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SPLIT: Language and Identity

We’ve discussed language gaps and cultural differences in culturally diverse teams, but how do we manage these in Global Virtual Teams?
Large group of stylized people in the shape of a speech bubble.
© Deakin University

We’ve discussed language gaps and cultural differences in culturally diverse teams, but how do we manage these in Global Virtual Teams?

The next elements of Neeley’s SPLIT framework are language and identity.

Language gaps and fluency

Language gaps can be particularly wide in GVTs.

The SPLIT framework recommends that leaders of GVTs set three communication rules to counter language and fluency gaps.

1. Dial down dominance

Team members who tend to dominate conversations should be encouraged to pull back a bit. If you are in this category, limit the number of comments you make within a set timeframe.

Help other team members by being conscious of speaking slower, using shorter sentences, and avoiding slang expressions and idioms (eg “over the moon”). Explain any specific cultural references (eg to politics or TV shows) so that team members don’t feel confused or left out.

Be aware that colleagues will not necessarily say they don’t understand something, so double-check. For example you could ask ‘do you understand what I’m saying?’ or paraphrase others’ statements to ensure their meaning has been understood.

2. Dial up engagement

Less fluent team members, who tend to withdraw from conversations, should be encouraged to speak up. If you are in this category, you can set goals for yourself to make a certain number of comments within a meeting.

Colleagues may find it difficult to pick up everything you are saying due to language issues or accent, so routinely ask ‘Do you understand what I am saying?’

And don’t be afraid to say if you don’t understand something. Be aware that reverting to your native language in team meetings can alienate your teammates.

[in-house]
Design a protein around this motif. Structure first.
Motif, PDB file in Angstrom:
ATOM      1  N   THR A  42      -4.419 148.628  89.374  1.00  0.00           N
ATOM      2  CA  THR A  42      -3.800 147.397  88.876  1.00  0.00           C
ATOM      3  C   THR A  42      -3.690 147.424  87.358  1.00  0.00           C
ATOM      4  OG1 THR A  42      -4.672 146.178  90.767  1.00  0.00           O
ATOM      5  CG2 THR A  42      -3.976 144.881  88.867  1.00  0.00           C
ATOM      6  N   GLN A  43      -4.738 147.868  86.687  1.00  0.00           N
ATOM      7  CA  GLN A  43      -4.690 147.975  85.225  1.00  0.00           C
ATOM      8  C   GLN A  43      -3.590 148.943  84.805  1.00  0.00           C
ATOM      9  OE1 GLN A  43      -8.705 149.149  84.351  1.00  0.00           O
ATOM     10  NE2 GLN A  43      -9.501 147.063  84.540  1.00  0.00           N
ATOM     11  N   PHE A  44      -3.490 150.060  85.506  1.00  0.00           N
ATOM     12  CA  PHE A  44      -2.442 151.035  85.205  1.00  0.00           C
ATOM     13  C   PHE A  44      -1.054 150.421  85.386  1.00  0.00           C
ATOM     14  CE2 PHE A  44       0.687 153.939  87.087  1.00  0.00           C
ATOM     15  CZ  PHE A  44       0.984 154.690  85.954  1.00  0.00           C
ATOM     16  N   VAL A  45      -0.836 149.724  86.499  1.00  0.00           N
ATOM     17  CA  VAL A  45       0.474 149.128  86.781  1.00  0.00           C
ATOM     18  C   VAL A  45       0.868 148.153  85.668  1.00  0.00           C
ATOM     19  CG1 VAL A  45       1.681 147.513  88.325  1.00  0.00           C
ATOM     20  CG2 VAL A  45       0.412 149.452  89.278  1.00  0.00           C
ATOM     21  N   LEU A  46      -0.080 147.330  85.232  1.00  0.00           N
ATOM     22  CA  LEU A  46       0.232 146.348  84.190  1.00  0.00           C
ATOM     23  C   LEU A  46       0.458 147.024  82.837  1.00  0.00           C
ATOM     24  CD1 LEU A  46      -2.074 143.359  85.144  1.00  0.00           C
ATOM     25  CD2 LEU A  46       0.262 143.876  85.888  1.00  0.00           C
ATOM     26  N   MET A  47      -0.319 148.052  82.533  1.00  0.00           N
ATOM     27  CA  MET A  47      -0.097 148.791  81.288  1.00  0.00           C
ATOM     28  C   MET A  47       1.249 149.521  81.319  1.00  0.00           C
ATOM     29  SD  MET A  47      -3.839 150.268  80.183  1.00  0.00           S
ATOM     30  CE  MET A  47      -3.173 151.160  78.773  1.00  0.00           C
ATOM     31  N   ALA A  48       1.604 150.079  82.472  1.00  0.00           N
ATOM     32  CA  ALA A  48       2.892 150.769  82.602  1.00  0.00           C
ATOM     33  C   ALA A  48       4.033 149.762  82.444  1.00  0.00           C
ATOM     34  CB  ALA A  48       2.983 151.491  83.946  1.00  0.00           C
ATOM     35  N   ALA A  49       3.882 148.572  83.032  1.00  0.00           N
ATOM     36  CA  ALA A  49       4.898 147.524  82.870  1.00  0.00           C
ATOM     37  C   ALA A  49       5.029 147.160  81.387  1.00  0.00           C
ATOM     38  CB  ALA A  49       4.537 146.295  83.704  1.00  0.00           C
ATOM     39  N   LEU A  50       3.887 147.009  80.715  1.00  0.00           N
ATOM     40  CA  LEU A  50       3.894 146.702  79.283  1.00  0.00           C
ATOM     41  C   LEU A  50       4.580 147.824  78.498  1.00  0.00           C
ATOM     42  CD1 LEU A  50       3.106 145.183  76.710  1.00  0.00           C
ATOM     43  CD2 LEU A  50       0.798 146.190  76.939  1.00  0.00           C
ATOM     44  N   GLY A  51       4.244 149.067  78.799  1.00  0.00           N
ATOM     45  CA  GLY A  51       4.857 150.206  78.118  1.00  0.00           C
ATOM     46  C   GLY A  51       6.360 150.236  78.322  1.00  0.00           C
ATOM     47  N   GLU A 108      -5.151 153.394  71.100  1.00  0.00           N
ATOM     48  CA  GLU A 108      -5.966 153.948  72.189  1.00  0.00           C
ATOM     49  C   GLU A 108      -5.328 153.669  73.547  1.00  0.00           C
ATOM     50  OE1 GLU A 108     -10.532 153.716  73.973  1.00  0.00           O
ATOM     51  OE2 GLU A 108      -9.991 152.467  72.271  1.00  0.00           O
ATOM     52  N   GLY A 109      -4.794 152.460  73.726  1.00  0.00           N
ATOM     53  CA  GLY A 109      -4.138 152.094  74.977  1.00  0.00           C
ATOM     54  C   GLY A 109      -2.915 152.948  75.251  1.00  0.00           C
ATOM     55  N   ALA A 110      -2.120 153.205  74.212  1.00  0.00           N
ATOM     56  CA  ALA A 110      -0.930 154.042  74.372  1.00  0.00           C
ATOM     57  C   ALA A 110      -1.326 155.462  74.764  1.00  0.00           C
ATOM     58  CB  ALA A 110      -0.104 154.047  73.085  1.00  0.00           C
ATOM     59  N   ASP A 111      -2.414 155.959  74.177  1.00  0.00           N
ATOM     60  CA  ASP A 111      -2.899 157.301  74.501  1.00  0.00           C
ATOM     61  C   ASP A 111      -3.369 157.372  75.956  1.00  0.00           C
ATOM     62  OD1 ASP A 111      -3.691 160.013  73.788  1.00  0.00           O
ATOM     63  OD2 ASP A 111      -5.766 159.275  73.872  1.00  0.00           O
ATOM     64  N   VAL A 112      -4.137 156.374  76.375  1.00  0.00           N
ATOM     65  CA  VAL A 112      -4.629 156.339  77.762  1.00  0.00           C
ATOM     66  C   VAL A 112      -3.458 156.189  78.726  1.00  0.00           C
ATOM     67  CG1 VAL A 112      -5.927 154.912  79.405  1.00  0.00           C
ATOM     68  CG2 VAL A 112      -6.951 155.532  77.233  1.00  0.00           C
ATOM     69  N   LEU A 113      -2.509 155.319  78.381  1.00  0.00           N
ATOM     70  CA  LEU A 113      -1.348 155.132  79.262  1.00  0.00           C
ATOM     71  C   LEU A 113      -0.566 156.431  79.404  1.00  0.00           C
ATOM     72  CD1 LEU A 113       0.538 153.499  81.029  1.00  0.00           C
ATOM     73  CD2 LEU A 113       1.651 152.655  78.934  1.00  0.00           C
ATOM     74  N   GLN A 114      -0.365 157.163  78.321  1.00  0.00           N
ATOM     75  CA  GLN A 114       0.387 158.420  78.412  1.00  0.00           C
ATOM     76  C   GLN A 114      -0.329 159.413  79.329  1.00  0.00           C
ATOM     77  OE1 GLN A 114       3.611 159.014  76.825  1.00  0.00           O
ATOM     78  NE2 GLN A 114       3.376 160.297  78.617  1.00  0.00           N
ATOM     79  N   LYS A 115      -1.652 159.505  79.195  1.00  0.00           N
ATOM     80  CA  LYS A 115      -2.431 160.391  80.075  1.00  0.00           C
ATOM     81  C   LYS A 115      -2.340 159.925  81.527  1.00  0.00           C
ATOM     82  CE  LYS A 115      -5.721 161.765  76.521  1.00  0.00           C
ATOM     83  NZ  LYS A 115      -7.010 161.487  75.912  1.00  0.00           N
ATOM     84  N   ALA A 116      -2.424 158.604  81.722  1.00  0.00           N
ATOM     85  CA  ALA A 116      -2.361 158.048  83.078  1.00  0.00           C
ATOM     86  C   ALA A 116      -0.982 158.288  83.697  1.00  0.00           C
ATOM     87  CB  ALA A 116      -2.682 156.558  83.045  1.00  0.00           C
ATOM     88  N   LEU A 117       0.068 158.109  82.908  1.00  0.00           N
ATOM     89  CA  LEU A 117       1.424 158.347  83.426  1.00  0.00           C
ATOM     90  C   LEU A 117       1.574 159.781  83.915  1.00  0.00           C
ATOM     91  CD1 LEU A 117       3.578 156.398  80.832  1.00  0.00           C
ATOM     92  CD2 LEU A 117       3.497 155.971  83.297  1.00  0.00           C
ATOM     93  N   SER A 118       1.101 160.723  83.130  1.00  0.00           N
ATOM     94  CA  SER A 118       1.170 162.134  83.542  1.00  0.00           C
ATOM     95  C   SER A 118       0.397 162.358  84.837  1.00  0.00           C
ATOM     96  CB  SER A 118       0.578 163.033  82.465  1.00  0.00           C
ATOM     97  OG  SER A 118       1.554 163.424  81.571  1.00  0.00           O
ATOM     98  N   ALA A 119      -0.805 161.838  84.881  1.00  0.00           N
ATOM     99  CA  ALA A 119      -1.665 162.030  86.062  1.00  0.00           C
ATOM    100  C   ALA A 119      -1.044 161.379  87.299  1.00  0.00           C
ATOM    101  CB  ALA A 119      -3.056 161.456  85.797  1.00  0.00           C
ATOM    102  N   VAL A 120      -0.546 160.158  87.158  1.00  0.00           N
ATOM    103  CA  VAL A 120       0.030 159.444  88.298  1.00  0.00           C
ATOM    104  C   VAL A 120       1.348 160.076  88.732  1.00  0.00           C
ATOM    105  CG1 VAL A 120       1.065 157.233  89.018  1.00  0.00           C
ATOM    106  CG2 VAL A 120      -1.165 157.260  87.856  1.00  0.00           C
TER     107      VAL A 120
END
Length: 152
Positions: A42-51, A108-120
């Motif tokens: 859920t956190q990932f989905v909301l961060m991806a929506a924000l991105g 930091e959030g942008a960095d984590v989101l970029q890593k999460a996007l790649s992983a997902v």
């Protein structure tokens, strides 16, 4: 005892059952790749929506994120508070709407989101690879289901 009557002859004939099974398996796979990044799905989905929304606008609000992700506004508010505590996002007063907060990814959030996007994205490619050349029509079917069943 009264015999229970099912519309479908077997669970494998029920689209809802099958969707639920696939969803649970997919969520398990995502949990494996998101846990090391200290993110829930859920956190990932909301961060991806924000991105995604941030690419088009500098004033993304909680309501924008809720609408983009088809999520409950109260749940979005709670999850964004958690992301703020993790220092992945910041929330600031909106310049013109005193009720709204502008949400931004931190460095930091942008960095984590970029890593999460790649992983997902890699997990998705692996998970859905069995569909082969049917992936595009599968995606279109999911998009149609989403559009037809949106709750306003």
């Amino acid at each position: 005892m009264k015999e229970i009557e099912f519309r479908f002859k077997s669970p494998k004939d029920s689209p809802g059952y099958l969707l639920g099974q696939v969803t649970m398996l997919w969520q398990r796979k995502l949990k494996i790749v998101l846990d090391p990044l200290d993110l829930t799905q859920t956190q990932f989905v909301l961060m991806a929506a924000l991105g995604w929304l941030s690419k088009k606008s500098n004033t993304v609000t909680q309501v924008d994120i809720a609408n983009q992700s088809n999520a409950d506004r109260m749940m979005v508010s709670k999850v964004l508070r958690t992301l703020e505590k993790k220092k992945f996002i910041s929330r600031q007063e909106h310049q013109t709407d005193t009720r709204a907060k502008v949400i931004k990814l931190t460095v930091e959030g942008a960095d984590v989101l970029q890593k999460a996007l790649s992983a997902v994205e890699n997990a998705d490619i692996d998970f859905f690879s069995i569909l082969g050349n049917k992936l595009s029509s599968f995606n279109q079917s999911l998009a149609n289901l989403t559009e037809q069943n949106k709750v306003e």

3. Balance participation to ensure inclusion

Team leaders should monitor and actively manage participation in GVTs. Who is and isn’t contributing? Do you need to get more fluent team members to dial down? Do you need to solicit participation from the less fluent team members? The leader should also be prepared to define and interpret content so that everyone understands.

Identity and the mismatch of perceptions

By now, you will realise that a person’s cultural identity can influence their perceptions, which can in turn cause misunderstandings.

To avoid this, the leader needs to watch, listen, and learn how culturally different team members make different interpretations of the same behaviour or situation.

For example…

Imagine a team leader assigns a task to a team member, who responds, ‘Yes, I can do this’. Can the leader expect that the task will be successfully completed?

For some cultures, it’s reasonable for the leader to assume the task will be done. However as Neeley indicates in her research, for some cultures, ‘Yes, I can do this’ may simply indicate a willingness to try.

Leaders should avoid making assumptions, so that they can ensure their team members are confident in their work, while also making sure the job gets done.

In this example, the leader could dig deeper and ask the team member whether they foresee any issues that may prevent them from completing the task, or whether they need more resources.

Your task

Imagine you are the leader who has asked a team member if they can complete a task, to which they responded ‘Yes, I can do this’.

How else could you respond to this team member?

Share and explain your ideas in the comments.

© Deakin University
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Leading Culturally Diverse Teams in the Workplace

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